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Issues of the Day Big Data Blues
 

Amid the storm of protests arising from revelations that the US National Security Agency routinely collects metadata about "people of interest" from online sources, it is important to note that the threat of surveillance is not confined to governments: Big Data, the accumulation of massive amounts of data relating to unknowing individuals has become a hallmark of the network society.

 

According to the International Business Machine (IBM) Corporation, "Every day, we create 2.5 quintillion bytes of data — so much that 90% of the data in the world today has been created in the last two years alone." This data "comes from everywhere: sensors used to gather climate information, posts to social media sites, digital pictures and videos, purchase transaction records, and cell phone GPS signals to name a few. This data is big data," IBM relates.

 

Since news of NSA online monitoring was revealed last week by former intelligence staffer Edward Snowden, the ensuing backlash has sent Facebook, Twitter, Google and other online mammoths scurrying to offer clarifications about their compliance with secret federal orders to handover data, according to The Wall Street Journal. These digital giants plead they are subjected to force majeure.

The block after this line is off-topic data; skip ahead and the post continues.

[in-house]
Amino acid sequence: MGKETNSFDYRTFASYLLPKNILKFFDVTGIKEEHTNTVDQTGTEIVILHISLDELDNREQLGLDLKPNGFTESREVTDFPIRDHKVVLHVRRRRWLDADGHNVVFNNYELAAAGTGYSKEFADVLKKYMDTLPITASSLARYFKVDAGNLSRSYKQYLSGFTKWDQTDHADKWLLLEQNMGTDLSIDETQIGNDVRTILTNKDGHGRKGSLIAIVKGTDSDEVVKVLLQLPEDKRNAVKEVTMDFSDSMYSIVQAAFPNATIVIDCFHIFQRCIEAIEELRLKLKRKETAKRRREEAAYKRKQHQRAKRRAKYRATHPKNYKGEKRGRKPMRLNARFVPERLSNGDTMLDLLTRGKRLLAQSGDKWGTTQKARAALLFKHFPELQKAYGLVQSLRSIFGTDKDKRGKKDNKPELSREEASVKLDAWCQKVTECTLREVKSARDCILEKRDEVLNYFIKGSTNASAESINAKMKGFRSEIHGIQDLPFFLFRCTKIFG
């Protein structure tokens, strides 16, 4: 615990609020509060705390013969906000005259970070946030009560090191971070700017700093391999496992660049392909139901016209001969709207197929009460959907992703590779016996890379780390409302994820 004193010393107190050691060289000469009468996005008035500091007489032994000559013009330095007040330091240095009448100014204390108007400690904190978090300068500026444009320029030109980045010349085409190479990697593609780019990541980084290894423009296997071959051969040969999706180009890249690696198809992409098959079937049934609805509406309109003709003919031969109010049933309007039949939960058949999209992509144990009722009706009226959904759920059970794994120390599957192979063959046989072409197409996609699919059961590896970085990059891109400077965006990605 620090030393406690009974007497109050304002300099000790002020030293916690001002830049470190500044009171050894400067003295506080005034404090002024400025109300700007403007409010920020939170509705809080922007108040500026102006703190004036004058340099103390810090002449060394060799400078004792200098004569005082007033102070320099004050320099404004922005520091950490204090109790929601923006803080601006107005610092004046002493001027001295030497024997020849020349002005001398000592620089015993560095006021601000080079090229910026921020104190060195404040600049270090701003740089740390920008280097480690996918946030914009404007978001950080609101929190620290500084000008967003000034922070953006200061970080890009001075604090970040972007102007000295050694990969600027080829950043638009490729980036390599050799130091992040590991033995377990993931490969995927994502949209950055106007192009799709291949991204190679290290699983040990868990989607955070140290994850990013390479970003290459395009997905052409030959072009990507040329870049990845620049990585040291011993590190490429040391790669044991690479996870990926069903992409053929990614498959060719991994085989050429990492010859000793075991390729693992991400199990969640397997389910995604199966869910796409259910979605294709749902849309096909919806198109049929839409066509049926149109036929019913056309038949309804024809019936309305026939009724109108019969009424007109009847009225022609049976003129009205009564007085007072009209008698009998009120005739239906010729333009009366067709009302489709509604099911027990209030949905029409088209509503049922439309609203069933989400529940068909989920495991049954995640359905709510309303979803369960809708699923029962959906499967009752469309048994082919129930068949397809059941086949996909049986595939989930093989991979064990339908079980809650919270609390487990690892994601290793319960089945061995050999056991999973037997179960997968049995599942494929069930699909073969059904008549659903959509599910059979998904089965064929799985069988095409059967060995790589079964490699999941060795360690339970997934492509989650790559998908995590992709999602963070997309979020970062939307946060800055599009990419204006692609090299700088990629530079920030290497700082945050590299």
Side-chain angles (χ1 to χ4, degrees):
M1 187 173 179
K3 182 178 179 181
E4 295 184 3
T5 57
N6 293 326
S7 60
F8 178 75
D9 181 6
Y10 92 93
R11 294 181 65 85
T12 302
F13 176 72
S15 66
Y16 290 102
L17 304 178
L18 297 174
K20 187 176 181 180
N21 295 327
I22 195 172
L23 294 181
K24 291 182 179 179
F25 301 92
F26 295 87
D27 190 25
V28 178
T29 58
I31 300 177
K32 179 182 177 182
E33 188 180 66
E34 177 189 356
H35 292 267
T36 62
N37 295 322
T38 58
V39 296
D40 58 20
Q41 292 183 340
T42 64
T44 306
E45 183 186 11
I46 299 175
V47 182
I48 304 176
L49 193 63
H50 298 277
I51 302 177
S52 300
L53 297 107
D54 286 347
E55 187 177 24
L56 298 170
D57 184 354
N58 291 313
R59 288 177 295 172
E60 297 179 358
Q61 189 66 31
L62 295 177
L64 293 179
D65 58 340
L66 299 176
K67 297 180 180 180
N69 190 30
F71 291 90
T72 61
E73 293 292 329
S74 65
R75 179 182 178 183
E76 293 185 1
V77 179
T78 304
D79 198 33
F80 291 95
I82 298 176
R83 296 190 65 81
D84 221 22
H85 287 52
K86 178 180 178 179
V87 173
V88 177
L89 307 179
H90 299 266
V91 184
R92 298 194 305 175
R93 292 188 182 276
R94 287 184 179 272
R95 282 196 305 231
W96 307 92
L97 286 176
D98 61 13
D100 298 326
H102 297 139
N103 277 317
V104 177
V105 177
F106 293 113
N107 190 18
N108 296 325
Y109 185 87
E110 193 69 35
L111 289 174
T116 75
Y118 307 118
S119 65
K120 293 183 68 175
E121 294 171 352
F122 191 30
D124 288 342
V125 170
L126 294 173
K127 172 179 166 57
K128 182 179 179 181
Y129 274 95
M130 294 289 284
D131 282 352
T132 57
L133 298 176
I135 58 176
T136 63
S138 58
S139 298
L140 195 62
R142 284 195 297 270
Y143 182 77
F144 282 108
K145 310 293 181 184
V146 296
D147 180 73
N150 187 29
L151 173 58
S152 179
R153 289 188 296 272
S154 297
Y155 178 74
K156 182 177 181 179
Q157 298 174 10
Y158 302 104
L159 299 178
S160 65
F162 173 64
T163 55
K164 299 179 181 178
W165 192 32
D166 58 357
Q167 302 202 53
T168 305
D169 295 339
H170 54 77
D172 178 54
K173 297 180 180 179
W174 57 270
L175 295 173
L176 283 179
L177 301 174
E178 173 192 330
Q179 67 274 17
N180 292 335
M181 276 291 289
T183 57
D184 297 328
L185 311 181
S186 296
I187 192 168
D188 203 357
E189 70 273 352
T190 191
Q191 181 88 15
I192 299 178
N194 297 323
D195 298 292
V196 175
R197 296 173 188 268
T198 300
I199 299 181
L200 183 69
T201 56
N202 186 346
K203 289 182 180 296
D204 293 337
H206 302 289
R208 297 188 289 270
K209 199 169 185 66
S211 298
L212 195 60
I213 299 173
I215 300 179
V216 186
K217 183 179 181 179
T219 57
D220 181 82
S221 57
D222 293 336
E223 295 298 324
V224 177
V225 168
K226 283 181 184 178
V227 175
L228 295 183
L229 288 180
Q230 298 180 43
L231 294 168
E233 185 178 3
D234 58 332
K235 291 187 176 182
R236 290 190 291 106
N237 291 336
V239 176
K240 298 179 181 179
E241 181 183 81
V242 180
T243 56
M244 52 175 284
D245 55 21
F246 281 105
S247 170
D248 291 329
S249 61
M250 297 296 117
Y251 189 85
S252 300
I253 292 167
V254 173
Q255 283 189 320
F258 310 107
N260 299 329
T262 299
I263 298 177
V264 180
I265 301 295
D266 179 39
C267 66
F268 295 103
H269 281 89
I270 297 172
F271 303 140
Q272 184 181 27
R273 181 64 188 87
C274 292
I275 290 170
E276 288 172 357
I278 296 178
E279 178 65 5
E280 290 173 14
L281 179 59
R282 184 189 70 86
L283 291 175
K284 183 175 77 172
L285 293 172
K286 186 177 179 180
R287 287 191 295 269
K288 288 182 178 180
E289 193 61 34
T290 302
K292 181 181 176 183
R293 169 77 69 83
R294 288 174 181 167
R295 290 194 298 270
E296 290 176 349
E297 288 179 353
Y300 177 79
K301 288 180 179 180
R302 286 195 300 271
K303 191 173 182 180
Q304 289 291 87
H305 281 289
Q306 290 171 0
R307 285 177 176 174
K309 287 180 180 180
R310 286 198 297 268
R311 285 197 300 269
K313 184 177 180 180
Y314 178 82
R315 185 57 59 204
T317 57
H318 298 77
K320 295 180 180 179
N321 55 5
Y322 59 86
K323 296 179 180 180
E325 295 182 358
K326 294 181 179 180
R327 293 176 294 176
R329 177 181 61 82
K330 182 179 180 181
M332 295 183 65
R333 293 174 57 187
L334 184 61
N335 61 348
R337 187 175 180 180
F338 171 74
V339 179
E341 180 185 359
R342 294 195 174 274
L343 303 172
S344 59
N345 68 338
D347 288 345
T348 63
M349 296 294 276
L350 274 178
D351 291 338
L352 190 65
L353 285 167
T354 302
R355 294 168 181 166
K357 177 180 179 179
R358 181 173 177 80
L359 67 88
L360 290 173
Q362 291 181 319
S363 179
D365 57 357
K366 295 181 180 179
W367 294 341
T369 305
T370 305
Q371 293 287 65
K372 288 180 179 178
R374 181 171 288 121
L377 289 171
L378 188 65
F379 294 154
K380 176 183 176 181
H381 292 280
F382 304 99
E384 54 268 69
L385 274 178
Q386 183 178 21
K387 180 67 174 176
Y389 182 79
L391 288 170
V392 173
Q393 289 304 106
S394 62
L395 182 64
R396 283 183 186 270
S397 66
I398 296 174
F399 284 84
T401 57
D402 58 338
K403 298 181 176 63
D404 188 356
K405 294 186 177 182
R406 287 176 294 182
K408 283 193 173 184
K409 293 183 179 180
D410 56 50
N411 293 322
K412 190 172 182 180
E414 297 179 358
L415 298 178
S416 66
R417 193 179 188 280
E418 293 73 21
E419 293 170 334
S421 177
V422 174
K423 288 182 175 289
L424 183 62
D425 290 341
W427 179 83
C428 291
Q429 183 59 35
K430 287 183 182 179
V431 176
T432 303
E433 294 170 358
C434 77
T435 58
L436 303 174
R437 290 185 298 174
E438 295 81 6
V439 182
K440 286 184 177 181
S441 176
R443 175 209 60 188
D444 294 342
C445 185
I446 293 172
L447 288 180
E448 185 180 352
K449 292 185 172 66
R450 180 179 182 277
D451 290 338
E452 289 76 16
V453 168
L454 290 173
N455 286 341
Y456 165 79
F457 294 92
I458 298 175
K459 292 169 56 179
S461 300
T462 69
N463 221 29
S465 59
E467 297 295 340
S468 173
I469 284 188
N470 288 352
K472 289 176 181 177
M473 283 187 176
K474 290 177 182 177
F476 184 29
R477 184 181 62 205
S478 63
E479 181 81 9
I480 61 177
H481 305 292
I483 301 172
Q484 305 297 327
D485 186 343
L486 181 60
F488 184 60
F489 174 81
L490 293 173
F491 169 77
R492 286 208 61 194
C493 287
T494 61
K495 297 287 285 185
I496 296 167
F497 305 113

Standard Business Practice

 

The mammoths' plea is ironic given that these companies routinely monitor their customer's communication and purchasing patterns as standard business practice. A report by CBS news  avers that "for years, Google's computers have scanned the content of millions of Gmails … in order to figure out what ads the users might respond to…It's also recording everything you type on the Google search engine and, if you own a smartphone, Google is probably recording where you are."

 

CBS notes that Google is not unique in using personal data to fine tune its targeted advertising; it also cites Facebook and Amazon.com as similarly engaged in such practices, which have become a mainstay of the information industry.